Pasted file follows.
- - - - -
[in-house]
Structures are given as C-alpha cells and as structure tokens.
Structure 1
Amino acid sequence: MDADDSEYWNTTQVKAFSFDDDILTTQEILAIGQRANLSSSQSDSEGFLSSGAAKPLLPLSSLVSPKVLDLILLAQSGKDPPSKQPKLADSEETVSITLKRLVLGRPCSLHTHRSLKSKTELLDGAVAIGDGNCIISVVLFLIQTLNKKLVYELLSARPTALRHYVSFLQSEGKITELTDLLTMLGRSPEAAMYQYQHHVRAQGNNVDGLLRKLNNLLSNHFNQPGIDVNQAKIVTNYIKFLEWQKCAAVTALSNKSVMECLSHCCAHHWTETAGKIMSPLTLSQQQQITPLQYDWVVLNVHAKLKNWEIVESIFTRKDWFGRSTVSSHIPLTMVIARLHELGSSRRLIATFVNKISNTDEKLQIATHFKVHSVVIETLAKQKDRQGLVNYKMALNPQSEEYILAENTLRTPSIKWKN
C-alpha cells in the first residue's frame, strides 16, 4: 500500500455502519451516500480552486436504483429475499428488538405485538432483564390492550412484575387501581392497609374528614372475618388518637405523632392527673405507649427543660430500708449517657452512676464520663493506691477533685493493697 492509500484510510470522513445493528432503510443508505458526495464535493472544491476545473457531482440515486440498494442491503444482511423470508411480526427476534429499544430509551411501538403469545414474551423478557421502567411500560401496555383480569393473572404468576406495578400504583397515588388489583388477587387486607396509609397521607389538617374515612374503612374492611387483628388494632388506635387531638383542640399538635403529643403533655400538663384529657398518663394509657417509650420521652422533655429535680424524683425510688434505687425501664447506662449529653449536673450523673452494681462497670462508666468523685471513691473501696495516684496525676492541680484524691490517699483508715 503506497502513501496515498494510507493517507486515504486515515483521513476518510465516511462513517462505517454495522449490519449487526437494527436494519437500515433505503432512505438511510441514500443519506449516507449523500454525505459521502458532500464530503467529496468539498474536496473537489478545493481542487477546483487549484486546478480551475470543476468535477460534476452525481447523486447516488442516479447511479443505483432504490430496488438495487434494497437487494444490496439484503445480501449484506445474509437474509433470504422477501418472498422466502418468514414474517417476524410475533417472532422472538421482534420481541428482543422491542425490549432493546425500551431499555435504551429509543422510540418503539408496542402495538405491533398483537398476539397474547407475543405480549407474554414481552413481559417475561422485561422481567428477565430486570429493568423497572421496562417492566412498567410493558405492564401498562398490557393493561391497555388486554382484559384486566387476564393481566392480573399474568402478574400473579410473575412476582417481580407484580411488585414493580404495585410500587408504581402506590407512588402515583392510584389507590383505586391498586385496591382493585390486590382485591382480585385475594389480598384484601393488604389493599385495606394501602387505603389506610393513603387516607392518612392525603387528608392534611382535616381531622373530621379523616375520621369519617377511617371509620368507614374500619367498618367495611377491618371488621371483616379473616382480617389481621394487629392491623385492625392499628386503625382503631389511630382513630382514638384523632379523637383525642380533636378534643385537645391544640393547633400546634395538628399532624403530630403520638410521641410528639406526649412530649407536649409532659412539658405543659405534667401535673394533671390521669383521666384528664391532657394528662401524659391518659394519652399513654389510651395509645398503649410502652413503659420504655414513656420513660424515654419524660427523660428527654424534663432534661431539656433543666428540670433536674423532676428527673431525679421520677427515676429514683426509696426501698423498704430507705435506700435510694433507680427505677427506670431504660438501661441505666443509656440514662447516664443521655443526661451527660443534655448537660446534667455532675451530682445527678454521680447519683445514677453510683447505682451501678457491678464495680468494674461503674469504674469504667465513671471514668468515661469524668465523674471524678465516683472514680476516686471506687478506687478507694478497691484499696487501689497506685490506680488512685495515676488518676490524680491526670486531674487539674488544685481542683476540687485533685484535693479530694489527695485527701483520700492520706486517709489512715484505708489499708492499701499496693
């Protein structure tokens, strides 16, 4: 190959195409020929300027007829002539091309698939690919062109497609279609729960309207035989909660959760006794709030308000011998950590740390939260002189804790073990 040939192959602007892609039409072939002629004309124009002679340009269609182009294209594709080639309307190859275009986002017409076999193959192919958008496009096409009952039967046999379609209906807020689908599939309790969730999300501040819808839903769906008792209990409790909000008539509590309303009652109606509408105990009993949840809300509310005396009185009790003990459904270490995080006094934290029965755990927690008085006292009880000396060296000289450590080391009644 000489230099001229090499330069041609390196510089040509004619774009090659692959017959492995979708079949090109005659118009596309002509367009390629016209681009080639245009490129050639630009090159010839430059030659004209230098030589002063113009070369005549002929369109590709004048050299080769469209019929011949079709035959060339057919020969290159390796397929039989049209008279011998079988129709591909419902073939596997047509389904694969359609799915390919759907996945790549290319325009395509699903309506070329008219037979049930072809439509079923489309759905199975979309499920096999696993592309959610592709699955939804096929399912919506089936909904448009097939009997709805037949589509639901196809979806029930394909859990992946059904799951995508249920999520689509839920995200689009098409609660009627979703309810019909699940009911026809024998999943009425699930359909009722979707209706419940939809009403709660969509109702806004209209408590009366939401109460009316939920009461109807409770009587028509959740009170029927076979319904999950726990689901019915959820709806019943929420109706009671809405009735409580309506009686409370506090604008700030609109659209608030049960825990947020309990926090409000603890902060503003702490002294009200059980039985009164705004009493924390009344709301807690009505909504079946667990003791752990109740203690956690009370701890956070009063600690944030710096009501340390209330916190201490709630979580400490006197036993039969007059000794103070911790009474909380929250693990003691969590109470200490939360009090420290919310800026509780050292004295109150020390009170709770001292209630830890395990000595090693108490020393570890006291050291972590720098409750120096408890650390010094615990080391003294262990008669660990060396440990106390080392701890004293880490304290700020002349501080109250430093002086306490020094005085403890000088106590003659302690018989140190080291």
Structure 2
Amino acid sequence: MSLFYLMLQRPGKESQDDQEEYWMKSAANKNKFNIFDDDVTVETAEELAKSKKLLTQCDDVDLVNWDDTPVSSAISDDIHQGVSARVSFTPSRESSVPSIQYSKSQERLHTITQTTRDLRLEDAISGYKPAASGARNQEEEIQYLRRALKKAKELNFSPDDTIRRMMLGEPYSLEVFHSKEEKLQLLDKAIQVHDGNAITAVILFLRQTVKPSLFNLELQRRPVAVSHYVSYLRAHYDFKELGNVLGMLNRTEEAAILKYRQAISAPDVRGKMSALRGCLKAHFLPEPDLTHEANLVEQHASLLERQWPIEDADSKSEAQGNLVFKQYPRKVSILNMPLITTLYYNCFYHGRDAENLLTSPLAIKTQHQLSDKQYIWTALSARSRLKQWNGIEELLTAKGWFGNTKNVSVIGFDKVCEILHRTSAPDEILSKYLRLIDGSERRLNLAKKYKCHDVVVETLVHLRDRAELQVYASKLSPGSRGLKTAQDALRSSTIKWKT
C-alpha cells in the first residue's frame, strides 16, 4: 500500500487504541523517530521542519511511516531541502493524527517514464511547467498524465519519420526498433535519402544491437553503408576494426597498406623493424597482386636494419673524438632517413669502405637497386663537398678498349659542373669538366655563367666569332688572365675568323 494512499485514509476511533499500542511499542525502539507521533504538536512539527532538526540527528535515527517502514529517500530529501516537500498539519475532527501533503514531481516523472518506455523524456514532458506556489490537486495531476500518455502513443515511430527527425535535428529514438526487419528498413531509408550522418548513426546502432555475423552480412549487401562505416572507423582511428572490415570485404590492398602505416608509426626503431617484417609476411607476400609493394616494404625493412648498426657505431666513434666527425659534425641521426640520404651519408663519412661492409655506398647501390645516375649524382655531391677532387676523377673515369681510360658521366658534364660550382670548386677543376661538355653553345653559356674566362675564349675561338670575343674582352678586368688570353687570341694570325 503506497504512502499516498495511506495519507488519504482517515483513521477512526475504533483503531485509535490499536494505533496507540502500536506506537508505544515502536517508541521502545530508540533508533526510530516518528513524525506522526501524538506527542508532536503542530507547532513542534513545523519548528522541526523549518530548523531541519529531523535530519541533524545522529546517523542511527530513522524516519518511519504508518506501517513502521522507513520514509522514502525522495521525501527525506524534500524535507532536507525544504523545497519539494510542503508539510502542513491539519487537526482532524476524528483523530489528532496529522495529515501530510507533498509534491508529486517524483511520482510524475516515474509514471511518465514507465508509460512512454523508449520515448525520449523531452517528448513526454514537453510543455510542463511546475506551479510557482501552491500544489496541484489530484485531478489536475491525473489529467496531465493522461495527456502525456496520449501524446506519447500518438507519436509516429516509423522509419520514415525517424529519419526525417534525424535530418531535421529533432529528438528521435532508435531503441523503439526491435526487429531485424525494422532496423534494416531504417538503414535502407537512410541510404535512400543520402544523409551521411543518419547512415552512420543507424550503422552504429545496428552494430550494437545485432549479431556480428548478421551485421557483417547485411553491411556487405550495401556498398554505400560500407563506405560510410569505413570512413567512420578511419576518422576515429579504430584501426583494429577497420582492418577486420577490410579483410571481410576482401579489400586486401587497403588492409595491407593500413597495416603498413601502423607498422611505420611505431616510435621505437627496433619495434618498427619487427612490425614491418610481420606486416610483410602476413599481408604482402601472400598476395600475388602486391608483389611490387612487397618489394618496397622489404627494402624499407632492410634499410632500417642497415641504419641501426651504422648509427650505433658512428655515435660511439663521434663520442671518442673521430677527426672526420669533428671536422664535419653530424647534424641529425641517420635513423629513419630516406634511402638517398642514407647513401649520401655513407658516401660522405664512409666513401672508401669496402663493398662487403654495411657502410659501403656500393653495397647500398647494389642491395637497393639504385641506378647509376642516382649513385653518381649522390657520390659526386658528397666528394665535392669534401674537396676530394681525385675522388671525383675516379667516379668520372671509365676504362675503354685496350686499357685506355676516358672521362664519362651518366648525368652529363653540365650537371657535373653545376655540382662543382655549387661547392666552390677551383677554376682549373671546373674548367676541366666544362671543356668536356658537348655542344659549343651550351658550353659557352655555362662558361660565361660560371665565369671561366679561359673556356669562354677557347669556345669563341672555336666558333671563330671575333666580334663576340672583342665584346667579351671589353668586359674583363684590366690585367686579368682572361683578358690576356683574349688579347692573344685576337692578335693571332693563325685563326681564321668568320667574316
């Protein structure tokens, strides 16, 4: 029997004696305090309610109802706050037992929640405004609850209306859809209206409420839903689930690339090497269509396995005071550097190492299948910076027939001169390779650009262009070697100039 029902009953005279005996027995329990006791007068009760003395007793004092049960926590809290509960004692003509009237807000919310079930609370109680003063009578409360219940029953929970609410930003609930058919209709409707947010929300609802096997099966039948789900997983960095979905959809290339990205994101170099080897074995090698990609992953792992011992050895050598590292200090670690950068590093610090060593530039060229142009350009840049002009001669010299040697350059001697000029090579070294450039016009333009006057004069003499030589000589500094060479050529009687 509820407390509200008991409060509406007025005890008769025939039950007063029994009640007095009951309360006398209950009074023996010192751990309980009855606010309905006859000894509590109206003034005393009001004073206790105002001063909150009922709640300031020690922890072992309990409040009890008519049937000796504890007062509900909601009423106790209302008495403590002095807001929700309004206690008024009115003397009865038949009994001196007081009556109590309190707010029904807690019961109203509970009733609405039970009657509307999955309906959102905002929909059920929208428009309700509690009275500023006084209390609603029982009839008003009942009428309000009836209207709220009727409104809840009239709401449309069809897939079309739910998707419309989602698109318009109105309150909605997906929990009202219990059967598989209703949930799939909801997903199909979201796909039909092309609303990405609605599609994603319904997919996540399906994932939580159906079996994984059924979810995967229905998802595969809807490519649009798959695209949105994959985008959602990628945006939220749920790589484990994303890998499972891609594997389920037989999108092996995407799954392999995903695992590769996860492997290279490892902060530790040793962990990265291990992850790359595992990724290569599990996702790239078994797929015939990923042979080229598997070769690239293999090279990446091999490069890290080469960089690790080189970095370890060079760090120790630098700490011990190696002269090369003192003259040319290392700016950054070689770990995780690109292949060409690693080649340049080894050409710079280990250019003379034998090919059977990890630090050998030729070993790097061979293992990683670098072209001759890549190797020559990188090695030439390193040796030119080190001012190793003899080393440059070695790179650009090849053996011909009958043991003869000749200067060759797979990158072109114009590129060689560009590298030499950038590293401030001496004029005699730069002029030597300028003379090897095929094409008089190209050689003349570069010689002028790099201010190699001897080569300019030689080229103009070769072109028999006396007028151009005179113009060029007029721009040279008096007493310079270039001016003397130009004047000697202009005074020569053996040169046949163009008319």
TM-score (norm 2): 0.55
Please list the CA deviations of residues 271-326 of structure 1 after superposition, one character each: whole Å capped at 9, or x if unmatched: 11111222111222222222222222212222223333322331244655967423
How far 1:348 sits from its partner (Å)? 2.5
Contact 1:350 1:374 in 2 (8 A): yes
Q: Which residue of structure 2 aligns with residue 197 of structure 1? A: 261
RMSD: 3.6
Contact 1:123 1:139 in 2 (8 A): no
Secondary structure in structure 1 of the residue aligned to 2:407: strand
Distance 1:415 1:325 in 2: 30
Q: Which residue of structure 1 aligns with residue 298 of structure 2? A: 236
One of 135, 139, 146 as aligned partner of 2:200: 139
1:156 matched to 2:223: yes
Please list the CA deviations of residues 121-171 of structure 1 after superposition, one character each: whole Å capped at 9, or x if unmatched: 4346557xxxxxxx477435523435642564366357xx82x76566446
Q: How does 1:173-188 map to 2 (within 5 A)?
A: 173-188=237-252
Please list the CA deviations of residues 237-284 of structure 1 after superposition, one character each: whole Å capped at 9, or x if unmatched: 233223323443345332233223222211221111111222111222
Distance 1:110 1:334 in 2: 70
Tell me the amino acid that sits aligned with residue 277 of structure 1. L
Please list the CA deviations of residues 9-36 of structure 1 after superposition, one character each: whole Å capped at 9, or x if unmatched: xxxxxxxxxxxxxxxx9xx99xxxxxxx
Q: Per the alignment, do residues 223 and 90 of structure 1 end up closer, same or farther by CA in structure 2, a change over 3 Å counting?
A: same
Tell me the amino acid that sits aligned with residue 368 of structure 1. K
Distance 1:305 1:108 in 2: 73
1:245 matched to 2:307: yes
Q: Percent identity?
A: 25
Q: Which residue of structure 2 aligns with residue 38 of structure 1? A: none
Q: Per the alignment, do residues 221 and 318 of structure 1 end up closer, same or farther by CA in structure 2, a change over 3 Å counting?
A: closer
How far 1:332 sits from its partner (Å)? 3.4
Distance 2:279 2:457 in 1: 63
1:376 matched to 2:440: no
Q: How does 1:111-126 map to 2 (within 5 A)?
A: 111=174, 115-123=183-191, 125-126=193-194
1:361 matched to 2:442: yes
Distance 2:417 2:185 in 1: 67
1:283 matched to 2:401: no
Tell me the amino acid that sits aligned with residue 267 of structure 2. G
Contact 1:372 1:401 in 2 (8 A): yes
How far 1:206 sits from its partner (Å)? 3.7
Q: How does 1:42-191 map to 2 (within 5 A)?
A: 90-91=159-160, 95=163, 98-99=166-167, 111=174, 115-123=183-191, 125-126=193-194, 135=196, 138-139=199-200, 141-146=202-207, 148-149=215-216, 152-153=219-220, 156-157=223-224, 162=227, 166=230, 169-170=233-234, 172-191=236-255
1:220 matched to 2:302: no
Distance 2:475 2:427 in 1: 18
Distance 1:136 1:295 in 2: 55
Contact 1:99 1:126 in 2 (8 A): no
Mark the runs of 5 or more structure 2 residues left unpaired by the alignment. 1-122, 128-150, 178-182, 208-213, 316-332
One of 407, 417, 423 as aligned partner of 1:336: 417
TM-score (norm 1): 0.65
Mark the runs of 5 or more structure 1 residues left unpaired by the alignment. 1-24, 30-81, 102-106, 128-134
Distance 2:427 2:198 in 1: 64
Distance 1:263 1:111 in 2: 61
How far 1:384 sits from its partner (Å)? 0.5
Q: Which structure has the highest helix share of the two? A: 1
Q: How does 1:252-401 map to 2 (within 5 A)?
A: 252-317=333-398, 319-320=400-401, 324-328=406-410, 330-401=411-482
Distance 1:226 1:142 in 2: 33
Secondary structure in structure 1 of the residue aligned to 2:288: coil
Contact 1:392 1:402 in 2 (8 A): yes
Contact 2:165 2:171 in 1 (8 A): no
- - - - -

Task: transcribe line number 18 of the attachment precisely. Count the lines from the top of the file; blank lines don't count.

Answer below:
Secondary structure in structure 1 of the residue aligned to 2:407: strand